Medicare as solution

March 12, 2009|By Caroline Poplin

Medicare is one of the most popular and successful programs ever devised in this country. It has improved the length and quality of life for millions of our most vulnerable citizens - the elderly and disabled - while affording them dignity, choice and security in their medical care.

Despite the program's success, there are problems with the quality of care Medicare beneficiaries receive. Patients complain they have to wait weeks for an appointment with a primary care physician, if they can find one. When the doctor finally sees them, it may be for only a few minutes. Analysts, on the other hand, argue that doctors pile on useless services because they are paid a separate fee for each one. Everyone agrees that many Medicare patients see too many doctors, who don't always work together.

Reform is desperately needed - and if it's done right, it will entice more doctors into primary care, where the need is greatest. It could even begin to lead us in the direction of greater fiscal responsibility.

At President Barack Obama's health care summit last week, some participants called for radical changes in the health care delivery system. For example, analysts have proposed reducing or eliminating small, "inefficient" physician practices in favor of large "accountable health care organizations" with impossibly complex reimbursement schemes. Instead of choosing their doctors, patients would select a system. Many academics and insurers still believe in managed care, despite the public backlash of the 1990s.

Others put all their faith in the free market. Medicare dodged one bullet last year - the Republican solution to gradually turn the program over to the private insurance industry. That plan turned out to be even more expensive than traditional Medicare.

There is a simpler answer: We need to pay more for care we do want, and less for care we don't. The venerable fee-for-service system can still work, if we pay the right fees for the right services.

Right now, we don't. As Sen. Max Baucus, chairman of the Finance Committee, observed, physicians favor tests and procedures because they are far more profitable than office visits. Indeed, there are vital services Medicare doesn't pay for at all, such as making telephone calls, writing reports and coordinating care: These have all traditionally been "free." The result? Last year, only 2 percent of internal medicine residents chose careers in primary care; all the rest will become specialists.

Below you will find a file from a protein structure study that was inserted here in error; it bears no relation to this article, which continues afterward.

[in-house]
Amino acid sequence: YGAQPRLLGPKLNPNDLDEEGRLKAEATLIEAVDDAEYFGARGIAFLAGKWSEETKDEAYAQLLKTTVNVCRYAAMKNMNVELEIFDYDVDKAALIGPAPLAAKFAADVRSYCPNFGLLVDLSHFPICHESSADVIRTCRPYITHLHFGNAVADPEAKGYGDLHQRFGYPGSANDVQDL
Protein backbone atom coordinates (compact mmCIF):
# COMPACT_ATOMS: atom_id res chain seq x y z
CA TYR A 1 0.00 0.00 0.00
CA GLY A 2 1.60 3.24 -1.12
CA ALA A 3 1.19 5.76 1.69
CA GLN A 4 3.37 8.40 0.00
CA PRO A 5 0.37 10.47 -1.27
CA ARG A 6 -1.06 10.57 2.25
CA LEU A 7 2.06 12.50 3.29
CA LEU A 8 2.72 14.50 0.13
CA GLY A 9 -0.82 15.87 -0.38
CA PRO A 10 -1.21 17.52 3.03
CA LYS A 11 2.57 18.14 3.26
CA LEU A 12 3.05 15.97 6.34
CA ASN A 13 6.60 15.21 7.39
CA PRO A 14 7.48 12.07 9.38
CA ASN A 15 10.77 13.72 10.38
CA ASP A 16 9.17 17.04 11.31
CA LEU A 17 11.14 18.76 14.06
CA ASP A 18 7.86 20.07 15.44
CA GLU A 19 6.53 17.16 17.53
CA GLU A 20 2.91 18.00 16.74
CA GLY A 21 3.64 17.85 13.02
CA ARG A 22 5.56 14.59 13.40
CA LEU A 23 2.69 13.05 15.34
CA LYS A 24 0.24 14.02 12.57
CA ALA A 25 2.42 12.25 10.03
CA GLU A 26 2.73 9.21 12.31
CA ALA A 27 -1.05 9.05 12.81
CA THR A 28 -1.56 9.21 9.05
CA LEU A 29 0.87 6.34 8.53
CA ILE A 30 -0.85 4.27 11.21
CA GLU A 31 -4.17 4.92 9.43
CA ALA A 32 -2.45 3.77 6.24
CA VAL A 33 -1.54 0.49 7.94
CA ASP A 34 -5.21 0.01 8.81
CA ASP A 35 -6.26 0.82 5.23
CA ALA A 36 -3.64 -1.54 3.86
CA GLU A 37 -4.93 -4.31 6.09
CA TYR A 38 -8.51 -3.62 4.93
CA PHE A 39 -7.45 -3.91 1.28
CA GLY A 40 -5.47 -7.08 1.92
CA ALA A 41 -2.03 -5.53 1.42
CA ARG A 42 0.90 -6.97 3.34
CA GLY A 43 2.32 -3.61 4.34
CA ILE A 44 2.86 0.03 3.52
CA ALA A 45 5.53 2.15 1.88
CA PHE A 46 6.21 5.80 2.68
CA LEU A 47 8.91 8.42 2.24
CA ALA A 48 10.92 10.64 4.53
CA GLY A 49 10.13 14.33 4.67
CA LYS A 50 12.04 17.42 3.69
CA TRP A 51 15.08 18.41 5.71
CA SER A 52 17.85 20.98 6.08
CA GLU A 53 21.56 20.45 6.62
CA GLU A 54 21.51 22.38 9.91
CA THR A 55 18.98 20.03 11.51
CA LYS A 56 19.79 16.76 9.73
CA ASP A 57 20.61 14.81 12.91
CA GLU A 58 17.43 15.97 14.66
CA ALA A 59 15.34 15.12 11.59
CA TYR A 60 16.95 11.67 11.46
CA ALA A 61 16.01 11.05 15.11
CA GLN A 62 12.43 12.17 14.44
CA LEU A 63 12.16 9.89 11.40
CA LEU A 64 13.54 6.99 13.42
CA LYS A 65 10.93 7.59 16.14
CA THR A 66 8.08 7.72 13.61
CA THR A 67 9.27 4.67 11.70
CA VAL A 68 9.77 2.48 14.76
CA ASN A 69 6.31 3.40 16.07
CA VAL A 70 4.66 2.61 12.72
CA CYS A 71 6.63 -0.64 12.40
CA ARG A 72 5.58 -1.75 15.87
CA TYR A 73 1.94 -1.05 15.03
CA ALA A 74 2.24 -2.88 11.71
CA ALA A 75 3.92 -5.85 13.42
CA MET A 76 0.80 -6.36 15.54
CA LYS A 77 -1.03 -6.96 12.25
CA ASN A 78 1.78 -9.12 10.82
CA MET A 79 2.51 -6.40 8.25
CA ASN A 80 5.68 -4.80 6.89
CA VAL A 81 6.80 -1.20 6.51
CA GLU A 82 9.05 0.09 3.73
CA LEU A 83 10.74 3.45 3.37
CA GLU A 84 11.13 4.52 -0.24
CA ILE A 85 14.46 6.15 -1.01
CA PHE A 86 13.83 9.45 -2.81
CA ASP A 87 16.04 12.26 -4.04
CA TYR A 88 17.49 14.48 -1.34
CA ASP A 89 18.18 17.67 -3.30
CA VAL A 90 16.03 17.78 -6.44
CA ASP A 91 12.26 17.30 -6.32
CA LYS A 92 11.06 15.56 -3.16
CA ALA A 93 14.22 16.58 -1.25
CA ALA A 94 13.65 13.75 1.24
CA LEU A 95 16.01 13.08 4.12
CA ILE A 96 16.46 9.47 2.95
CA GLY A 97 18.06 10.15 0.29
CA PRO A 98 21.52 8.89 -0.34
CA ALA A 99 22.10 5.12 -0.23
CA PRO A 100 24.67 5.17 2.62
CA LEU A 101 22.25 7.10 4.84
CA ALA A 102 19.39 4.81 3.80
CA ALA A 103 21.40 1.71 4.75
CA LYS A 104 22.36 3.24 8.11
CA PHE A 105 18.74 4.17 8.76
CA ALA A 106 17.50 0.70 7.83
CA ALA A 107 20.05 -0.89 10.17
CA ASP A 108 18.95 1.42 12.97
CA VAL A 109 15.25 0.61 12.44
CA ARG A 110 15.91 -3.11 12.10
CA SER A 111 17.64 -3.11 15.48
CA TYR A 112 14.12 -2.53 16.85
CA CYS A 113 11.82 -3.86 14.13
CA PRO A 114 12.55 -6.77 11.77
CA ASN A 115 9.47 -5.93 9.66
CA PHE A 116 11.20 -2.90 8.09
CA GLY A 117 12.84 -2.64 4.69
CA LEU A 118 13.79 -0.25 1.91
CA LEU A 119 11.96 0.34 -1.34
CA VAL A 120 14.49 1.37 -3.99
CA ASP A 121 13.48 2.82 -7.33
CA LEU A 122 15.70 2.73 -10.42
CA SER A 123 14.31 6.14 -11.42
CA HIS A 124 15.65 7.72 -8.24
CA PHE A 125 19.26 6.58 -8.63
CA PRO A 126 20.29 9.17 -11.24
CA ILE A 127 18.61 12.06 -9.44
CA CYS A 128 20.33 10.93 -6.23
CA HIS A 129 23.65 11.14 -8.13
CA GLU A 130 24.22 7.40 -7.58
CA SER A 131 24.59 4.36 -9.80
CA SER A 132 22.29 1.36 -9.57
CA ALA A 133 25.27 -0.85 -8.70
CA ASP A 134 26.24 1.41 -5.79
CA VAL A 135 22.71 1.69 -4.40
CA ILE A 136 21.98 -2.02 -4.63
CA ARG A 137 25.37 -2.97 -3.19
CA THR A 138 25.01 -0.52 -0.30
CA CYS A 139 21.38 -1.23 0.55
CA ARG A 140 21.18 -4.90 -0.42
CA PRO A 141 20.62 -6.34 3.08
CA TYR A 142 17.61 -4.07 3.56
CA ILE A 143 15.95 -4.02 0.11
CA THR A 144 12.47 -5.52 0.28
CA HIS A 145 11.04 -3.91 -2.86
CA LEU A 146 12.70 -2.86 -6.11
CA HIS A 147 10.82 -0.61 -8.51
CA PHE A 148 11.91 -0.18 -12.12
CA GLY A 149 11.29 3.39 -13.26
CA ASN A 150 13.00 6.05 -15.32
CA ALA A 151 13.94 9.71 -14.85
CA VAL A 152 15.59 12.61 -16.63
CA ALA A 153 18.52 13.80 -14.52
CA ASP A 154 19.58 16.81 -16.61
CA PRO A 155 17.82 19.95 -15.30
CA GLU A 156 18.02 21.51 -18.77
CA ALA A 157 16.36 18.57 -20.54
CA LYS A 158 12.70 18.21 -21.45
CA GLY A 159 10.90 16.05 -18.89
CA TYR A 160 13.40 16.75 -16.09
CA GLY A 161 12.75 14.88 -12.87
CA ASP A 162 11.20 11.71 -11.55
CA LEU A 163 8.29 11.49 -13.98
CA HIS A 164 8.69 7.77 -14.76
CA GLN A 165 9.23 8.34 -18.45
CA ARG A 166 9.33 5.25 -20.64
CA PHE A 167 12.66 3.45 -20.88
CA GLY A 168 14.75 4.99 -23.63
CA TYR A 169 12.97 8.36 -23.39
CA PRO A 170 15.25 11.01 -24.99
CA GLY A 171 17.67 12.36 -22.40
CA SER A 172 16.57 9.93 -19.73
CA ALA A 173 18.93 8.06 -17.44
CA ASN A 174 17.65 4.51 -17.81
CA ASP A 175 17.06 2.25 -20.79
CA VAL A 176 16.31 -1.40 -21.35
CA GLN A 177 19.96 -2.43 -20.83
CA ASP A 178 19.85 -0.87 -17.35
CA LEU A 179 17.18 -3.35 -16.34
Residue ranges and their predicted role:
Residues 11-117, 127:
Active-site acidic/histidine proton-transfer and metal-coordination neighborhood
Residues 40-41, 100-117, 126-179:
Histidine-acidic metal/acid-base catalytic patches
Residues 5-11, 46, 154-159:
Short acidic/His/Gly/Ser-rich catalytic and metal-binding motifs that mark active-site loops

The government now sets the fees Medicare pays physicians (they had skyrocketed under the original "customary" standard). But the government recognizes only the cost of services, as determined by a committee of private physicians in secret proceedings. Instead, Medicare needs to consider value along with cost - in open proceedings. And we need to pay physicians for coordinating care, especially for complicated patients. We need to pay doctors for the time they spend reading records and consulting, just as we pay lawyers. And we need to pay more for the time doctors spend talking with patients.

In the long run, a more rational fee structure could save money. Thoughtful discussions aren't just a nice thing for patients; sometimes they can prevent an unnecessary procedure. Doctors can substitute more convenient telephone calls for some office visits.

We can pay more for these "cognitive" services by reducing what we pay for procedures, tests and imaging. Over time, these reductions should focus innovators on techniques that improve care while lowering costs. More young physicians will choose primary care, particularly for the complex Medicare patients who need them most. Studies demonstrate that systems with more primary care physicians provide better care at lower cost than systems dominated by specialists.

Of course, this reform will not be simple. However, adding value and transparency to fee-for-service determinations has to be easier than pushing patients and doctors into a radically altered delivery system that many have rejected.

Dr. Caroline Poplin, a former general internist at Bethesda Naval Hospital, recently spent a year as a visiting scholar at the Georgetown University Law Center. Her e-mail is cp335@law.georgetown.edu.

Baltimore Sun Articles
|
|
|
Please note the green-lined linked article text has been applied commercially without any involvement from our newsroom editors, reporters or any other editorial staff.